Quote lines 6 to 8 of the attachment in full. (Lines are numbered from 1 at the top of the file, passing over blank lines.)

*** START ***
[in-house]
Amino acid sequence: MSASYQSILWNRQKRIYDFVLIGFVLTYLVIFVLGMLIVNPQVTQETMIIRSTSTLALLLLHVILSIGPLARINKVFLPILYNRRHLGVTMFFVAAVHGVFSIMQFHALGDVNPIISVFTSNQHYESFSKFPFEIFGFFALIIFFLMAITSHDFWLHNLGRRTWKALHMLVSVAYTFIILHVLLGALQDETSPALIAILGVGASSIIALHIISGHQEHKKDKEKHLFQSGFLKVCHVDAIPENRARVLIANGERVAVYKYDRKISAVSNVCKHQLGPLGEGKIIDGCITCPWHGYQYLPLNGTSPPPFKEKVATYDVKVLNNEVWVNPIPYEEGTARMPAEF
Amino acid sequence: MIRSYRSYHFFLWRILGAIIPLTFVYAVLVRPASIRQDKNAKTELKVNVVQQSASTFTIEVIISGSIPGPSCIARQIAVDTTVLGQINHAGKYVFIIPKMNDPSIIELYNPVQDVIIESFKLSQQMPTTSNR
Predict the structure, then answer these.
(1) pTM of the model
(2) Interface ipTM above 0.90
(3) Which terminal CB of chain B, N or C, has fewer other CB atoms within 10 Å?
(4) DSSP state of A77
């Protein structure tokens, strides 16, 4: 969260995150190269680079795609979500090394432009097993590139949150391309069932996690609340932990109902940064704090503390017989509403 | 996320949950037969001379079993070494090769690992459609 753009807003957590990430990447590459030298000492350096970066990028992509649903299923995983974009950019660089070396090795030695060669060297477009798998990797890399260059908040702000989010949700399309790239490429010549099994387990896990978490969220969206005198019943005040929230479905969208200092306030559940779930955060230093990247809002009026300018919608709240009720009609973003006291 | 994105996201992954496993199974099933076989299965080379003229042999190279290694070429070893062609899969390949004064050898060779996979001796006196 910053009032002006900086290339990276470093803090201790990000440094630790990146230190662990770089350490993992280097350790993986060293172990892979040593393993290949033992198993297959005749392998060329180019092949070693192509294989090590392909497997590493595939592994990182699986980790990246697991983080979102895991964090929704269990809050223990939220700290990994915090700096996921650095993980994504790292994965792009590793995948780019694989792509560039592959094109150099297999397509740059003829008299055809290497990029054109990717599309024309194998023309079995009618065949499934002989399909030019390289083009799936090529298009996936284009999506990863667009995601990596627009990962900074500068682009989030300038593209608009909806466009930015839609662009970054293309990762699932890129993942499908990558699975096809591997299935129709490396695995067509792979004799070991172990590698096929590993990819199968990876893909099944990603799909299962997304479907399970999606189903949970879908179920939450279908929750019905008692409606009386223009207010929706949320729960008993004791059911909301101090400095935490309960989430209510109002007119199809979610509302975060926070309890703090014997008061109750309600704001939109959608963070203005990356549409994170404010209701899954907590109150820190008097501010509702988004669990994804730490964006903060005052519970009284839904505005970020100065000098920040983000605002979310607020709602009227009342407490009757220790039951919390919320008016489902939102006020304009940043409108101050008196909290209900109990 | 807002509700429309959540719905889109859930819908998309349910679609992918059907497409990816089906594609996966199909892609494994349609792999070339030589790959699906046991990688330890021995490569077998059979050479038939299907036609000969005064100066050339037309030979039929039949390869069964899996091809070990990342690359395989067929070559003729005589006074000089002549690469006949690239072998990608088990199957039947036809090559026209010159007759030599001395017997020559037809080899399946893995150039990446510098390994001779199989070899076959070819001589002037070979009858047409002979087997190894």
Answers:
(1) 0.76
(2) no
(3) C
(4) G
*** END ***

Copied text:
(2) Interface ipTM above 0.90
(3) Which terminal CB of chain B, N or C, has fewer other CB atoms within 10 Å?
(4) DSSP state of A77